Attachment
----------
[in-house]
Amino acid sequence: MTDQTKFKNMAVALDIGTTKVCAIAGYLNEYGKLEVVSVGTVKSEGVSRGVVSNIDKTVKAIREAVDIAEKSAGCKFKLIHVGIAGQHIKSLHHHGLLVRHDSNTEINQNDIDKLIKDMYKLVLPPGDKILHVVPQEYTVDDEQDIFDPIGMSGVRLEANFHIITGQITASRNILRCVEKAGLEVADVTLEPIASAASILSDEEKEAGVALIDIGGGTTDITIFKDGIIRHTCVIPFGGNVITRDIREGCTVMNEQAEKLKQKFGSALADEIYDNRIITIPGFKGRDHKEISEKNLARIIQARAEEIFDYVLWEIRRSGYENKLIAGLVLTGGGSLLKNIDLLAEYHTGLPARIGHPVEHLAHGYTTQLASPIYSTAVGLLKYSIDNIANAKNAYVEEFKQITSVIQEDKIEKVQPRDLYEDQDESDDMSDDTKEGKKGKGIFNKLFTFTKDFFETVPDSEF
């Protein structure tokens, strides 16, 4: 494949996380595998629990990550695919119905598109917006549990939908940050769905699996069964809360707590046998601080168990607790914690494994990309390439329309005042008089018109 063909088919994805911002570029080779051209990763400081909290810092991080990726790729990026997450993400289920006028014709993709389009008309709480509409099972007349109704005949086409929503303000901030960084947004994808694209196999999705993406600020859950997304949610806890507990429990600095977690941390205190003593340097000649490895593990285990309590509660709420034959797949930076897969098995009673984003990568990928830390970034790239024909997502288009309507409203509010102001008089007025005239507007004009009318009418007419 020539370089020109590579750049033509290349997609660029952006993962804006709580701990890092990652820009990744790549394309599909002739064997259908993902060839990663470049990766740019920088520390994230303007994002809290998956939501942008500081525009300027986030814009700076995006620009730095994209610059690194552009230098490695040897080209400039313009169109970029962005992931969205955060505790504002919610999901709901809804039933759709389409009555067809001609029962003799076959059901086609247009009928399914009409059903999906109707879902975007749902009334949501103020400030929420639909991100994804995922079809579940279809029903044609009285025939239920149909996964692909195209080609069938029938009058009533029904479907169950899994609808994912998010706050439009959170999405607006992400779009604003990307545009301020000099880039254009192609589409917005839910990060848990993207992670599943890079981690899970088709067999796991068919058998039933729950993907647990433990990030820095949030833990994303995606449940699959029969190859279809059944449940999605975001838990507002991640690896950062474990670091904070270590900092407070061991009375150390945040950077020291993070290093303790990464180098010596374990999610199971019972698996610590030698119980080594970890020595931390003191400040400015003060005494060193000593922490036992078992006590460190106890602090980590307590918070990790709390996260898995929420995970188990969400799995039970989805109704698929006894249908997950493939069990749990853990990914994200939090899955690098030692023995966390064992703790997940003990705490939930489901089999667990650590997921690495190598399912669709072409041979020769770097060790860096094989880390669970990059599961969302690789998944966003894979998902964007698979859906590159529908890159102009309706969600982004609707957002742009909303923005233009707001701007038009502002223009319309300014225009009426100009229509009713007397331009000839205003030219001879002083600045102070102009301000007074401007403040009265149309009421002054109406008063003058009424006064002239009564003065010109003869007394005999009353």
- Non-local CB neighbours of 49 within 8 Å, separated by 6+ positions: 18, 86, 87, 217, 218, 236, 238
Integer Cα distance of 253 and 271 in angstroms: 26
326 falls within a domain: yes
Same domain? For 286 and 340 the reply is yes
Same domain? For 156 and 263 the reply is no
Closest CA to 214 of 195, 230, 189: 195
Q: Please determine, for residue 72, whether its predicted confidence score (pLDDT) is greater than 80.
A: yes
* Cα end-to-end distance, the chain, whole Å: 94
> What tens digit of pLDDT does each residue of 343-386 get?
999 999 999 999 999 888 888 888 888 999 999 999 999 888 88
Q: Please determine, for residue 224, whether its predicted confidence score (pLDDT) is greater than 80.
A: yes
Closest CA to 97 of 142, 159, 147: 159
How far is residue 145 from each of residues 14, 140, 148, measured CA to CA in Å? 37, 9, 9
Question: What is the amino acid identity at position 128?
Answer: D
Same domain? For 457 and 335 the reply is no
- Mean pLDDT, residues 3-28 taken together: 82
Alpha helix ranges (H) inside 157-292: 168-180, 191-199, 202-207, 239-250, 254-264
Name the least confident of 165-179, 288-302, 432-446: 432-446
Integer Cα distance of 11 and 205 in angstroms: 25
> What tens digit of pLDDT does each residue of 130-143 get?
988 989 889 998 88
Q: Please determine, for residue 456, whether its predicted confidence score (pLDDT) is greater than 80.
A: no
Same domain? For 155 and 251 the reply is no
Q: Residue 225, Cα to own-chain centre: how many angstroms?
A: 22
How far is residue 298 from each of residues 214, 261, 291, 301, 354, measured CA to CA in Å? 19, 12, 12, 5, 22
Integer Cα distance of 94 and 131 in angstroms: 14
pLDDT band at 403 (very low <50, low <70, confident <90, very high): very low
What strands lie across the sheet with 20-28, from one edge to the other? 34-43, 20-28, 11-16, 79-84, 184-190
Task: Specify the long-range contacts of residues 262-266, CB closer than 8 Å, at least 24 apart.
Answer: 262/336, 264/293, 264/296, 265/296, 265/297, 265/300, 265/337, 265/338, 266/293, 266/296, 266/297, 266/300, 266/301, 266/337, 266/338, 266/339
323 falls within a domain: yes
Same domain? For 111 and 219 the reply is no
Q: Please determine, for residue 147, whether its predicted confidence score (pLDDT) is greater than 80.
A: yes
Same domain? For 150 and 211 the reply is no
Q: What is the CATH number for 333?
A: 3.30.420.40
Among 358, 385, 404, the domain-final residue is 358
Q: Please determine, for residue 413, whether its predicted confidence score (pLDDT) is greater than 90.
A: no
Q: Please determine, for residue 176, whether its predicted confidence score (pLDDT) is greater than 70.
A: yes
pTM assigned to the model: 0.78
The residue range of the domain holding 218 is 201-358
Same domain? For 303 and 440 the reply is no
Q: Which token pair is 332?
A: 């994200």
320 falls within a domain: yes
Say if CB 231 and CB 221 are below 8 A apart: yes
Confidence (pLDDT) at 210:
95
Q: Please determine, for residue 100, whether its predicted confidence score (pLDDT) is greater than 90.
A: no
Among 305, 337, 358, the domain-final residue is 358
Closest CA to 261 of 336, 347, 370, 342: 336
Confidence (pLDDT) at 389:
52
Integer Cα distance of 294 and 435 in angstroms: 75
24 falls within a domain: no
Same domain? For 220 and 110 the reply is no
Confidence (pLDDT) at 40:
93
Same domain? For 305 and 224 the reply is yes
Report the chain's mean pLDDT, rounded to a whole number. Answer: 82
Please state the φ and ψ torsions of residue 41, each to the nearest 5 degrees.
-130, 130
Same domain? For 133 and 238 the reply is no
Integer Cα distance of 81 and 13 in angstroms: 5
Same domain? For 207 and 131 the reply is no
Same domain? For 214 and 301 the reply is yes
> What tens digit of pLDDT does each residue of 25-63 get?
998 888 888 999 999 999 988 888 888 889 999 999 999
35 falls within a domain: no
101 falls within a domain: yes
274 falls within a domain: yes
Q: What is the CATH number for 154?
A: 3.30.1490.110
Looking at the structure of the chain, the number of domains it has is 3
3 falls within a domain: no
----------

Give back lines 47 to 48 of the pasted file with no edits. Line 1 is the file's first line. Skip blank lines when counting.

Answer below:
Q: Please determine, for residue 413, whether its predicted confidence score (pLDDT) is greater than 90.
A: no